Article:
Tuesday, February 10, 2009

Urban Planning: Bringing Poitiers into the 21st century

Poitiers + Suburbs (pop. 127,489+students)

Like many American cities, Poitiers is fighting to keep its central business district from being overtaken by outlying mega-stores. There have been a handful of articles in the local press about ways to draw more people into centre ville, including more parking, adding a tram line, changing traffic flow,... The discussion has culminated in the screening of some major French urban planning firms in hopes of revitalizing the Plateau (as the center is called here because, well, it's on a plateau).

Topographical map of centre ville and surrounding area

In riding my bike around, it's easy to see how frustrating driving (and parking) a car here can be. There are only a handful of (4) two-way streets in centre ville. You end up zig-zagging through a series of narrow one-ways while circumventing the pedestrian areas to get to your destination. And since some of these streets are so narrow they don't even have sidewalks, you still end up having to dodge pedestrians.

See if you can find the 4 two-way streets (click to enlarge)

Believe it or not, it's not much faster on a bike. Apart from the obvious hills separating the flat center from the rest of Poitiers, the one-way streets are so narrow, I usually opt for the long route instead of going against traffic and getting squeezed into parked cars or the curb. While some people cycle on the pedestrian streets, this is something I usually avoid. Pedestrians are even more unpredictable than drivers (and much more fragile). If they pass a shop and something catches their eye, they may wander into your path without warning. I'm not yet sufficiently confident in my French to berate someone for their unpredictable walking.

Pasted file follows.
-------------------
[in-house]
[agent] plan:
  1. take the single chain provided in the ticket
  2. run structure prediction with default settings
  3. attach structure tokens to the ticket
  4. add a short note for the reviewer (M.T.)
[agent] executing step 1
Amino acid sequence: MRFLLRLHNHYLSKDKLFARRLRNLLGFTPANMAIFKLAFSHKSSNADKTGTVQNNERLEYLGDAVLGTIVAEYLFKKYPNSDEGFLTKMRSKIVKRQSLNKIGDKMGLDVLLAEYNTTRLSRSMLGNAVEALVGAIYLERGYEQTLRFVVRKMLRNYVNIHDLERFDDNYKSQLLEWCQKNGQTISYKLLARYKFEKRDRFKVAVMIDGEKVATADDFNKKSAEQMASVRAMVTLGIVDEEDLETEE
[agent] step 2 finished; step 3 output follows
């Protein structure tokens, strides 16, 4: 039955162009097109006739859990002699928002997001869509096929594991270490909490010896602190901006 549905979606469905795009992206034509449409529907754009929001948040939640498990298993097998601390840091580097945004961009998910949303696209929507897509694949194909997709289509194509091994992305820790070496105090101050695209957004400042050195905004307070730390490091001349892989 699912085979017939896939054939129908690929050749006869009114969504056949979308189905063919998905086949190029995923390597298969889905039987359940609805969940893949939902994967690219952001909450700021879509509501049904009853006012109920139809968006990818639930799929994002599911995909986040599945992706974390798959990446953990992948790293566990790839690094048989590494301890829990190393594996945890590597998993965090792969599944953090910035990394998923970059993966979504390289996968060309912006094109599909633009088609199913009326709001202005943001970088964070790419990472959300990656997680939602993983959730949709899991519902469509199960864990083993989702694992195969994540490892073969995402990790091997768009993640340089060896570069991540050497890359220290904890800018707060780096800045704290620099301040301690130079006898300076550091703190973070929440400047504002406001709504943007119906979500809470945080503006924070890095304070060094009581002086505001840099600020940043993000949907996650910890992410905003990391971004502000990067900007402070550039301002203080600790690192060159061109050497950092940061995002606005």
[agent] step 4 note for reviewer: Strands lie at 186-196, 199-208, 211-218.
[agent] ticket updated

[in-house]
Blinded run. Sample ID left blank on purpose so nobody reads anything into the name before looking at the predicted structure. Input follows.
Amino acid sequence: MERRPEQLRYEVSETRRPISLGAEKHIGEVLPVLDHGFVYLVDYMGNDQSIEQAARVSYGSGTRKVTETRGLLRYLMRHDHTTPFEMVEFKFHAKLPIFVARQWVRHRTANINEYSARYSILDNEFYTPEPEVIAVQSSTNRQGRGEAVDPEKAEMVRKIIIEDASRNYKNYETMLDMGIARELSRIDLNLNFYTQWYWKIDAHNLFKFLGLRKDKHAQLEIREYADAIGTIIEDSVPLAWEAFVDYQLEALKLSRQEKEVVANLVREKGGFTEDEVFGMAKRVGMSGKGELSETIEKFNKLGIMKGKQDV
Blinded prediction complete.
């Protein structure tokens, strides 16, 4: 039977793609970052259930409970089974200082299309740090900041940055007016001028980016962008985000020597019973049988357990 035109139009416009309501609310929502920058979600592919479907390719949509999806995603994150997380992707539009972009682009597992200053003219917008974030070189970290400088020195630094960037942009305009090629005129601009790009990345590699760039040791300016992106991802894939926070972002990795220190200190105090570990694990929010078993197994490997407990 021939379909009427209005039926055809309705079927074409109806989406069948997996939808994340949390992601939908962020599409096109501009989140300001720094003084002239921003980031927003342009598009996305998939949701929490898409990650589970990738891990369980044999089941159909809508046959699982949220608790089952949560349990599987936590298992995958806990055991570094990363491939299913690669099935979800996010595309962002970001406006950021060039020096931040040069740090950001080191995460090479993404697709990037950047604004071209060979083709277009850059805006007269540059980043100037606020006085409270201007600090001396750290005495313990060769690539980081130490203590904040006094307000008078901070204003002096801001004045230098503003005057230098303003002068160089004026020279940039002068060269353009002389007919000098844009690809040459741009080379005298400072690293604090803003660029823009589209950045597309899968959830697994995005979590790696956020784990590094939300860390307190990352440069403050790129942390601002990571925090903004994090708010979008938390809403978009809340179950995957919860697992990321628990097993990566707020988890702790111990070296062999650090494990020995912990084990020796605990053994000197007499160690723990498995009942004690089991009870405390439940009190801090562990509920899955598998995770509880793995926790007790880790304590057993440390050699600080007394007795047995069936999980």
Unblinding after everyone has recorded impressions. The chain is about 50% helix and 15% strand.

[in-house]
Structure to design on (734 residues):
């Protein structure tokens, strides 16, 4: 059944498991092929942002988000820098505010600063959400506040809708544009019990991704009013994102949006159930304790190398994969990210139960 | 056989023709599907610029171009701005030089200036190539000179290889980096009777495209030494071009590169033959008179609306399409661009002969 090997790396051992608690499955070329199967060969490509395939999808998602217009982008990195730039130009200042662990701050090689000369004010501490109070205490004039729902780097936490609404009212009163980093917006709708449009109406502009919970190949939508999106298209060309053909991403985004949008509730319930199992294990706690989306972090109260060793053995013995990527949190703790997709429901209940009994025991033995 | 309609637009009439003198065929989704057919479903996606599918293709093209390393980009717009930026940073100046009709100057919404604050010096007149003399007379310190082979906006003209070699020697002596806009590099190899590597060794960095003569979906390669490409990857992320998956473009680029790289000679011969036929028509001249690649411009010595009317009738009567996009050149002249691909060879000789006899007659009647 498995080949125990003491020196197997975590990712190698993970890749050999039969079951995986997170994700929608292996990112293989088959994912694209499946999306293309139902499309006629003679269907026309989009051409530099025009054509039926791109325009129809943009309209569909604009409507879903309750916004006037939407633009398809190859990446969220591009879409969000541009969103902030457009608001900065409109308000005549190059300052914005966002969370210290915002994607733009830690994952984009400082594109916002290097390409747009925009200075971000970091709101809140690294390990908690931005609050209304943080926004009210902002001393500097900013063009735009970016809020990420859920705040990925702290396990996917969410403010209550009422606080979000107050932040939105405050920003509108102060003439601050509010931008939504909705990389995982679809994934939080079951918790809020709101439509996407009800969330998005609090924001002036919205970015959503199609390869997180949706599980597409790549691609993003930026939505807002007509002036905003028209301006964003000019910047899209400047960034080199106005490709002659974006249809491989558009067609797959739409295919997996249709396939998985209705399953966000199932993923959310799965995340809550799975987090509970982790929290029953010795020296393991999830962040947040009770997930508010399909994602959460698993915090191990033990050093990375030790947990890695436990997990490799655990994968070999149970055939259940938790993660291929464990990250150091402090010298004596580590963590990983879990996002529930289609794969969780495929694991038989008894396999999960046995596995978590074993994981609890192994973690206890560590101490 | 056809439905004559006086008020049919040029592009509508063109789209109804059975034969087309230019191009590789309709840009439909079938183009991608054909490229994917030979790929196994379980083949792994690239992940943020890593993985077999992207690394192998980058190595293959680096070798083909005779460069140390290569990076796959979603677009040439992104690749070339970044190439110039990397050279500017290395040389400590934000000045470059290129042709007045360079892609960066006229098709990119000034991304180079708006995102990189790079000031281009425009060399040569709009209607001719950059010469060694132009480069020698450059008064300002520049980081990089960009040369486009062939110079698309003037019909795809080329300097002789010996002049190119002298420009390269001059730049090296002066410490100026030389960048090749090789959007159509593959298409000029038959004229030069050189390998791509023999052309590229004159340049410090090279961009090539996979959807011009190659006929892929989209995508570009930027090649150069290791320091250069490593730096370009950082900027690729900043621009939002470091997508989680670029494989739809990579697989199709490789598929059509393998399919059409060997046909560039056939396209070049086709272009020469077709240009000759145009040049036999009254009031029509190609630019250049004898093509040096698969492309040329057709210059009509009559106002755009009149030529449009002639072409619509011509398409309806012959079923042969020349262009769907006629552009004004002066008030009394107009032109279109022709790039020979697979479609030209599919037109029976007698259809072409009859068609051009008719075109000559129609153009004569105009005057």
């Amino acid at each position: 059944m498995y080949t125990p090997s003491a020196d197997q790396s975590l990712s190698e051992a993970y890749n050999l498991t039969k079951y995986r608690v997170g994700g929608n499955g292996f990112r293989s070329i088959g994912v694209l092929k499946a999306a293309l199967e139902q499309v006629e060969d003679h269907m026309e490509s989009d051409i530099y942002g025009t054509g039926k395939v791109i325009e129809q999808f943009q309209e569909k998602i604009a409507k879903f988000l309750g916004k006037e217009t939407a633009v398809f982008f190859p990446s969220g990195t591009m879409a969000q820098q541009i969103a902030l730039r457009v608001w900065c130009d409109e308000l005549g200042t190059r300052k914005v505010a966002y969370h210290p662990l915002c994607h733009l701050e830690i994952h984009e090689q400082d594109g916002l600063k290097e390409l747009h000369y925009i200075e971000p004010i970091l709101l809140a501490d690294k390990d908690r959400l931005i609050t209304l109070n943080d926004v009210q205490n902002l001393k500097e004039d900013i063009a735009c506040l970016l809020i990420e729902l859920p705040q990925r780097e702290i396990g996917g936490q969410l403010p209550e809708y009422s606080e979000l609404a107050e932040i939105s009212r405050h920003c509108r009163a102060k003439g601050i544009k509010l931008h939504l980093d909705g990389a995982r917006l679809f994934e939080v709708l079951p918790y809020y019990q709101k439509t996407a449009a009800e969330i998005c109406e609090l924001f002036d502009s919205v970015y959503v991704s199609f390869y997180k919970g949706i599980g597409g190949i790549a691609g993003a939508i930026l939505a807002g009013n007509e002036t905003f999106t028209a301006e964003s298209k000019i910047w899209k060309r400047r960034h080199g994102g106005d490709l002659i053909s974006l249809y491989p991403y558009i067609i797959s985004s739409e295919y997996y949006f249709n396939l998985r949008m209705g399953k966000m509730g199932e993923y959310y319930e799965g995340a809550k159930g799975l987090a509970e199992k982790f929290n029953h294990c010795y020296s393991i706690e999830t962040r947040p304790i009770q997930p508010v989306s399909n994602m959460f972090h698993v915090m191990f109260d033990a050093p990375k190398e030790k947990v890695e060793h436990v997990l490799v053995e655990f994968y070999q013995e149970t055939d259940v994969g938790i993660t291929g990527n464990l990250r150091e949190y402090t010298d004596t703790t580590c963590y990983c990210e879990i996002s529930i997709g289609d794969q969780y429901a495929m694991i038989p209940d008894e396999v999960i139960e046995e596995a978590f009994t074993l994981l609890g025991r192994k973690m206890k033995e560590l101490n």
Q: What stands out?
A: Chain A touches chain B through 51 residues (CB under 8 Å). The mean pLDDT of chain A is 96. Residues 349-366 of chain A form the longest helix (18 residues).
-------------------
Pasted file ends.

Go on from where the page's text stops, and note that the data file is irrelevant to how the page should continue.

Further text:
Now that you have some kind of picture of how things move around here, what to do about it? Oh, and don't forget about the few dozen historical sites, some of which date back to Roman times, that need to be preserved. Clearly, this is a problem requiring some thought.

Perhaps the problem could be solved by shifting the idea of what "normal" is for people who live here and making a few tweaks to the transportation system at the same time.

The bus system is extensive and frequent in Poitiers and the associated suburbs. But the buses stop at 9pm. Dinner and a movie on the Plateau? Better drive. Going out to see live music with your friends at the Pince Oreille? Who is the designated driver? Want to hang out in Parc Blossac on a summer night?...

Well, you get the picture. The municipality wants people to come to the center to shop and then go home by 9 pm, but shopping for things like clothes, food, umbrellas, and BD's is only one facet of "quality of life."

It's no secret that the French love their leisure time. There has been strong opposition to a law that would allow more businesses to open on Sundays, and the current law also requires all businesses except bars, restaurants, and tabacs to be closed by 10pm every day of the week. But having some (limited) number of buses run until late night/early morning would greatly expand people's entertainment options. Maybe more people would stop by the Deitrich for the Friday the 13th Triple Feature, or get their fix of punk rock/heavy metal at the Café du Clain.